What is DACA?
The Deferred Action for Childhood Arrivals program, commonly known as DACA, is an immigration policy put in place by the Obama administration in 2012. The program is considered a stopgap measure to prevent undocumented children and youth brought to the United States by their parents from being deported.
DACA allows certain immigrants to apply to avoid deportation and obtain work permits. The permits can be renewed every two years. Participants pay a fee of $495 at the time of application, and at every renewal. According to the U.S. Citizenship and Immigration Services (USCIS), the requirements to apply are:
- Must have been younger than 31 years old on June 15, 2012
- Must have come to the U.S. before their 16th birthday
- Must have continuously resided in the U.S. from June 15, 2007, through the present
- Must have been in the U.S. both on June 15, 2012, and at the time of their request
- Must have had no lawful status on June 15, 2012
- Must currently be in school, have graduated from high school, obtained a GED or be an honorably discharged military veteran
- Must not have been convicted of a felony, significant misdemeanor or otherwise pose a threat to national security or public safety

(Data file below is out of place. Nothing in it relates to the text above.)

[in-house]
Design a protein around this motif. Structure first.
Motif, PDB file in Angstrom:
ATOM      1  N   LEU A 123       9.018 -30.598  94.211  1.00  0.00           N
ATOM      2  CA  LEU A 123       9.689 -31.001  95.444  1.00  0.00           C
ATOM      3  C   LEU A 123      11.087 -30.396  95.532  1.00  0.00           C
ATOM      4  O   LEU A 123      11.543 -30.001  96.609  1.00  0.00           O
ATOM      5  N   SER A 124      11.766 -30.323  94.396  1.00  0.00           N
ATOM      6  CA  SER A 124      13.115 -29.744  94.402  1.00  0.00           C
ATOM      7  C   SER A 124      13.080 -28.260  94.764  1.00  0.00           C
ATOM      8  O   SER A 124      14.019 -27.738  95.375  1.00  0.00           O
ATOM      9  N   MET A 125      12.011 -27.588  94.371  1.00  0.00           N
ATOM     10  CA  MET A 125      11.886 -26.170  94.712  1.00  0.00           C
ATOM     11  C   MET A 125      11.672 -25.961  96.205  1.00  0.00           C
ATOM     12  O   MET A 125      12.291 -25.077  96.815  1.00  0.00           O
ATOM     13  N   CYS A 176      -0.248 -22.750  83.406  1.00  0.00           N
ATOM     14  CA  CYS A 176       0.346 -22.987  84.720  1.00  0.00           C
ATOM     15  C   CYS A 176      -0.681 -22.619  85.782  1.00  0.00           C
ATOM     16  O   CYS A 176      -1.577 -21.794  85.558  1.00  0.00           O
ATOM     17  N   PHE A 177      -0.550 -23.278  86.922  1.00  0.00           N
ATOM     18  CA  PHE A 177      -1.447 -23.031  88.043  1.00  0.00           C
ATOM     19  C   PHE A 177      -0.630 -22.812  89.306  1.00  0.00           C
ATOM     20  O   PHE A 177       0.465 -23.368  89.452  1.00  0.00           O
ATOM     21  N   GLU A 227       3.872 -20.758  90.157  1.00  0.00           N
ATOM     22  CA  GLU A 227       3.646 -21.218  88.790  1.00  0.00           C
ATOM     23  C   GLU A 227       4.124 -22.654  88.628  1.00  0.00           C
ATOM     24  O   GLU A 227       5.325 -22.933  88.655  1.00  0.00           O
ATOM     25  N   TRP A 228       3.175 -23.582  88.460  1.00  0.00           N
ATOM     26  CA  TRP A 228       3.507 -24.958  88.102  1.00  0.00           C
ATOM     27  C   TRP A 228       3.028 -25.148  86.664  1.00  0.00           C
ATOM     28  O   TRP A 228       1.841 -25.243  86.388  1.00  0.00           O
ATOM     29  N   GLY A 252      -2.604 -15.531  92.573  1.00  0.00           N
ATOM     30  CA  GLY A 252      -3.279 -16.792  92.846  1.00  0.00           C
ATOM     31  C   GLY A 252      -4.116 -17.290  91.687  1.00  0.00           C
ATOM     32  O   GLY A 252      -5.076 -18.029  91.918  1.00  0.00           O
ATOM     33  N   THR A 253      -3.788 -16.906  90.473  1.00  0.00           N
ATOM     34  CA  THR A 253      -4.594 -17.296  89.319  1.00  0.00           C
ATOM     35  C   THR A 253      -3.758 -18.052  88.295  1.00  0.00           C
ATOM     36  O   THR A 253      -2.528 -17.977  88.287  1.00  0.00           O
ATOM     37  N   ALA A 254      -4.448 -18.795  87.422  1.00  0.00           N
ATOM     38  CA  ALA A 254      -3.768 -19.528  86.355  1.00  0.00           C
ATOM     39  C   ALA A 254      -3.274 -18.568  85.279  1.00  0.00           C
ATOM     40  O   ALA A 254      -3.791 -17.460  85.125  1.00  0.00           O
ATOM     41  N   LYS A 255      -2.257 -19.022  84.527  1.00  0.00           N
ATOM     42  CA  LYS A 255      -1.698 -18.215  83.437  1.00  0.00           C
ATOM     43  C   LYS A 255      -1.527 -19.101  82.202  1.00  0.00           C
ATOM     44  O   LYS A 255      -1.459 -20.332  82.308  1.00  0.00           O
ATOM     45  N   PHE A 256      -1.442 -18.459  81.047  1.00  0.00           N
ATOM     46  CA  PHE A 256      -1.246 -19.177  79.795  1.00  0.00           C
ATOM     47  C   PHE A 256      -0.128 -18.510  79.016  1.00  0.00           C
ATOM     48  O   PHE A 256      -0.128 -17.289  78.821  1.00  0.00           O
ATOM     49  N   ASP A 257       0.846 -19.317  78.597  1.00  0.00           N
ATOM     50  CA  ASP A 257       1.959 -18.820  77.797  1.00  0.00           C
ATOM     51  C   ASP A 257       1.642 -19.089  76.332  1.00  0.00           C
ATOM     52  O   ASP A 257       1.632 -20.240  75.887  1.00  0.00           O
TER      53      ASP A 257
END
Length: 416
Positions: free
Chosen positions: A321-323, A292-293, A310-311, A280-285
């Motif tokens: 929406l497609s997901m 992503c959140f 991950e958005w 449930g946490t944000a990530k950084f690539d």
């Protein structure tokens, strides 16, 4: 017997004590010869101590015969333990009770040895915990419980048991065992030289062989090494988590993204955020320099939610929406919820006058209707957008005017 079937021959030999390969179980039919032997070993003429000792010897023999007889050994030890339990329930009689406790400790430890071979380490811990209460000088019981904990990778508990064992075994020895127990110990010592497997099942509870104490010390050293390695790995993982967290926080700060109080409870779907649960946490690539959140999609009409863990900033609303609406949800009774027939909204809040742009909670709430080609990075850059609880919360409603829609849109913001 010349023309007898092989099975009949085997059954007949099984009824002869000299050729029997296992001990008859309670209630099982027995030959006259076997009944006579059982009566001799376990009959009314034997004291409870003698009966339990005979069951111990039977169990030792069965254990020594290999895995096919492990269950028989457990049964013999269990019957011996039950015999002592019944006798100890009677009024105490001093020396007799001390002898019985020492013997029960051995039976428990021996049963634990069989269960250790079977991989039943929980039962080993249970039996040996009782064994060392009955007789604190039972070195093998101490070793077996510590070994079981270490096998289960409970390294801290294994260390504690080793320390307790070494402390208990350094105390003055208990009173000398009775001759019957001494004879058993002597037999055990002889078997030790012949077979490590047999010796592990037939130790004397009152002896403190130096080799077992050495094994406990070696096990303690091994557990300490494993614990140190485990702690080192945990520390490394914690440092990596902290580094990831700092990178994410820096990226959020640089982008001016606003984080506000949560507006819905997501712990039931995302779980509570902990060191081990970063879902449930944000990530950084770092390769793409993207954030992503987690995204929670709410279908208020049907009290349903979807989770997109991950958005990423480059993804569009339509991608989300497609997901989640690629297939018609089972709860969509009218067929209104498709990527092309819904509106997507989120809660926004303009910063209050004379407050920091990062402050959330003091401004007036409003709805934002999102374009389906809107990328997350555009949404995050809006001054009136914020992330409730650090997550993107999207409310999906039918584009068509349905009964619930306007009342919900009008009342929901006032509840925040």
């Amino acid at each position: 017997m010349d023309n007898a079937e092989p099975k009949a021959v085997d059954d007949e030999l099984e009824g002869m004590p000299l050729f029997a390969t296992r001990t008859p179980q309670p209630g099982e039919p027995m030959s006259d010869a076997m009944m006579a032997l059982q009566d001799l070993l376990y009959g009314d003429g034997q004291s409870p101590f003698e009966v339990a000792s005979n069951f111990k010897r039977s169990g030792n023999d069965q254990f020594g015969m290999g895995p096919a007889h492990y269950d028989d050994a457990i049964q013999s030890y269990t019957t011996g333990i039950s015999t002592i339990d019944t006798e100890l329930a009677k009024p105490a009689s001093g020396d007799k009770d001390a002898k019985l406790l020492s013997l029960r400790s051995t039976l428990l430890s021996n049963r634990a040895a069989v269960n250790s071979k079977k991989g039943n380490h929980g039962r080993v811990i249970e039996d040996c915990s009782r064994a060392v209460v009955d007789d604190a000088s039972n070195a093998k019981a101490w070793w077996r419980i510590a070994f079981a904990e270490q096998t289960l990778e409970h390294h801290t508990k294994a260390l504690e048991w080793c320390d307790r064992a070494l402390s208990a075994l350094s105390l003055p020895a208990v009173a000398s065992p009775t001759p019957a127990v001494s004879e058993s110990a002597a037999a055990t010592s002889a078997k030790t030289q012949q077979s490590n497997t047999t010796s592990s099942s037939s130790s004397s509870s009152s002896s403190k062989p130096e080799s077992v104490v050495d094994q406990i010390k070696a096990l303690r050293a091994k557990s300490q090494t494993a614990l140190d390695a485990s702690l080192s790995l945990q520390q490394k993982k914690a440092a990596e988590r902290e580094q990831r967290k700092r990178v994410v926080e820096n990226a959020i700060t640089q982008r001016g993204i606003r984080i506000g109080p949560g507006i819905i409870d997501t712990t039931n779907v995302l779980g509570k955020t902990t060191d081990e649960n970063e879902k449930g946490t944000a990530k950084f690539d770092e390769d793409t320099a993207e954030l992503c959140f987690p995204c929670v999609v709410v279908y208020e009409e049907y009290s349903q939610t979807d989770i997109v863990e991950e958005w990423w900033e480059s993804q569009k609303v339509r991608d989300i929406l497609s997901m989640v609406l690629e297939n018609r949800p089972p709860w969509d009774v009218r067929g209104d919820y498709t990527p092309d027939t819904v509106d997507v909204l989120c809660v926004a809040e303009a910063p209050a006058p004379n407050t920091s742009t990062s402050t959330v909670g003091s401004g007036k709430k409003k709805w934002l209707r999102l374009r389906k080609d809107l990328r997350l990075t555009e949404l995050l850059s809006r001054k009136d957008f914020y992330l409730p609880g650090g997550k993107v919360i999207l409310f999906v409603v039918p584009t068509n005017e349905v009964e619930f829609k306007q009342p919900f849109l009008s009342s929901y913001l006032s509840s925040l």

On Tuesday, September 5 the Trump administration announced that DACA will end in six months if Congress does not pass new legislation. Acting Secretary Elaine C. Duke released an official memorandum on the Department of Homeland Security’s website.
What does this mean?
Because of the executive order, DACA will be phased out, with an official end in six months. As reported by David Nakamura for NPR, “U.S. Citizenship and Immigration Services (USCIS) will process all new applications received as of Sept. 5 and then stop accepting applications. DREAMers whose work permits expire before March 5, 2018, can apply for a two-year renewal, but they must meet an upcoming Oct. 5 deadline.”
What can you do?
With DACA ending, it’s time for Congress to pass a clean version of the bipartisan Dream Act, which would provide a pathway to citizenship for Dreamers. Call your members of Congress and encourage them to support the Dream Act. You can find contact information for your Representative here and your Senators here.
You can find up-to-date information about the DACA program and assistance for young adults — with specific information for those in Michigan affected by this decision — from the Michigan Immigrant Rights Center.